VANCOUVER EASTSIDE MISSING WOMEN
Man warned police four years ago
Female friend told him about dealings at Port Coquitlam pig farm
Thursday, April 04, 2002
A Campbell River man says he went to police four years ago with suspicions about a Port Coquitlam pig farm that is now the focus of extensive murder investigations.
Bill Hiscox went to police in 1998 with information told to him by a female friend about strange goings-on at Robert (Willy) Pickton's farm. Pickton now faces five charges of first-degree murder, all relating to women who disappeared from Vancouver's downtown eastside.
"They were really slow on the whole damn thing," Hiscox, 41, said in an interview Wednesday. "It just really amazed me."
Vancouver police had been told about unusual activities at the farm since July 1998 by several people, including Hiscox.
"A really good friend of mine told me lots of things. She had her suspicions as well."
Hiscox said he had been to the farm several times in 1997 and 1998 to collect his paycheque from Pickton, who owned P and B Salvage where Hiscox worked doing demolition.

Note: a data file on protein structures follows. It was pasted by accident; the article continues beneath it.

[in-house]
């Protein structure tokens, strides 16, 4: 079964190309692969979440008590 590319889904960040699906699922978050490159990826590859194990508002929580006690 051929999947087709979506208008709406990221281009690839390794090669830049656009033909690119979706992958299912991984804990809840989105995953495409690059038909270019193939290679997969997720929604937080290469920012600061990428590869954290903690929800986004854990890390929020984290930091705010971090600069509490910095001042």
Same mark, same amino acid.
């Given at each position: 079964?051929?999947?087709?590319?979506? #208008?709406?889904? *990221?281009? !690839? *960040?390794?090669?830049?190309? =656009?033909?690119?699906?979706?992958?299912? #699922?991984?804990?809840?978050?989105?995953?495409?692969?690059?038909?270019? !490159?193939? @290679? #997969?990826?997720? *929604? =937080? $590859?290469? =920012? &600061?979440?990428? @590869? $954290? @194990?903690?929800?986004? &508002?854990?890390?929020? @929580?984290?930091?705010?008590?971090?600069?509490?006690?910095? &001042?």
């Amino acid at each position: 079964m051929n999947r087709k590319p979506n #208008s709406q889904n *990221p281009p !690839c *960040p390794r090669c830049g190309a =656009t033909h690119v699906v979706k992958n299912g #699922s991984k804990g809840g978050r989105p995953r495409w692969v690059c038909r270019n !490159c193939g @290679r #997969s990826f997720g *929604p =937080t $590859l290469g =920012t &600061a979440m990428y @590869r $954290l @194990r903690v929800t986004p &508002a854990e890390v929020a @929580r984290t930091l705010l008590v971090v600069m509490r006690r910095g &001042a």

He found Pickton to be a "little strange." However, it was the comments of his friend Lisa, who did cleaning for Pickton, as well as talking to the family of one of the missing women, that prompted Hiscox to talk to a Vancouver police constable.
The officer told him police couldn't act on possible evidence that Hiscox hadn't seen himself.
"She said they couldn't really do anything, they can't just go in there based on assumptions," Hiscox said. "The constable wanted to talk to Lisa, but she didn't want to get involved with the police or anything."
Hiscox said he talked to the officer several times.
A few weeks ago, he gave a DNA sample, as many others who have been on the pig farm have done.
"They want samples of DNA from people who have been at the farm," Hiscox said.
The run-down farm wasn't the kind of place one expected a boss to be living, Hiscox said. There were numerous outbuildings, where Pickton was often working on trucks.
"Willy is a very strange person to talk to. He's like antisocial. He was very quiet to us. That's why I found him sort of strange."
After he gave a DNA sample, Hiscox said, police also asked him about a large bus with tinted windows that used to be at the farm site.
When he heard Pickton had been arrested in February, Hiscox said he was happy.
"I was happy just knowing there might be some closure for the families. It could put to rest all those fears of not knowing."
Hiscox said he has lost touch with Lisa, but hopes she can come forward with information about Pickton.
© Copyright 2002 Times Colonist (Victoria)
Updated: August 21, 2016